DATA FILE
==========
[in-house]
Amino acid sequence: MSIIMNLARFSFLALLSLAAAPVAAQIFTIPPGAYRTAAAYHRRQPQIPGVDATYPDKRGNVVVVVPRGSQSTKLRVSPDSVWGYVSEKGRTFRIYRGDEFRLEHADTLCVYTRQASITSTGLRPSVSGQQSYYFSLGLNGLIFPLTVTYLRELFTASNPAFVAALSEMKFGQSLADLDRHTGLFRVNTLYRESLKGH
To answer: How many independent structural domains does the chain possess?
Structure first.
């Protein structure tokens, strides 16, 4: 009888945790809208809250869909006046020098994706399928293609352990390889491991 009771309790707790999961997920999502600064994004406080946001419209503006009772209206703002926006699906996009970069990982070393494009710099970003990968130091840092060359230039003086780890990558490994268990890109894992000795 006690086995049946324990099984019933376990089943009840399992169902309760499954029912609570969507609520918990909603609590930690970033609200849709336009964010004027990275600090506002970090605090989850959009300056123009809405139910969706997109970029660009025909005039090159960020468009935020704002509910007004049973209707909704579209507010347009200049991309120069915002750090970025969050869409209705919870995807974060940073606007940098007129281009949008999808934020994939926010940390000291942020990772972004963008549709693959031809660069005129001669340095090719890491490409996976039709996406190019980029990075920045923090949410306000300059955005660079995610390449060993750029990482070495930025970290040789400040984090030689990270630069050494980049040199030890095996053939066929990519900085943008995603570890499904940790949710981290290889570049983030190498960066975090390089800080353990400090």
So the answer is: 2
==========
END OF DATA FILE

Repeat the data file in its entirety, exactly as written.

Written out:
[in-house]
Amino acid sequence: MSIIMNLARFSFLALLSLAAAPVAAQIFTIPPGAYRTAAAYHRRQPQIPGVDATYPDKRGNVVVVVPRGSQSTKLRVSPDSVWGYVSEKGRTFRIYRGDEFRLEHADTLCVYTRQASITSTGLRPSVSGQQSYYFSLGLNGLIFPLTVTYLRELFTASNPAFVAALSEMKFGQSLADLDRHTGLFRVNTLYRESLKGH
To answer: How many independent structural domains does the chain possess?
Structure first.
């Protein structure tokens, strides 16, 4: 009888945790809208809250869909006046020098994706399928293609352990390889491991 009771309790707790999961997920999502600064994004406080946001419209503006009772209206703002926006699906996009970069990982070393494009710099970003990968130091840092060359230039003086780890990558490994268990890109894992000795 006690086995049946324990099984019933376990089943009840399992169902309760499954029912609570969507609520918990909603609590930690970033609200849709336009964010004027990275600090506002970090605090989850959009300056123009809405139910969706997109970029660009025909005039090159960020468009935020704002509910007004049973209707909704579209507010347009200049991309120069915002750090970025969050869409209705919870995807974060940073606007940098007129281009949008999808934020994939926010940390000291942020990772972004963008549709693959031809660069005129001669340095090719890491490409996976039709996406190019980029990075920045923090949410306000300059955005660079995610390449060993750029990482070495930025970290040789400040984090030689990270630069050494980049040199030890095996053939066929990519900085943008995603570890499904940790949710981290290889570049983030190498960066975090390089800080353990400090």
So the answer is: 2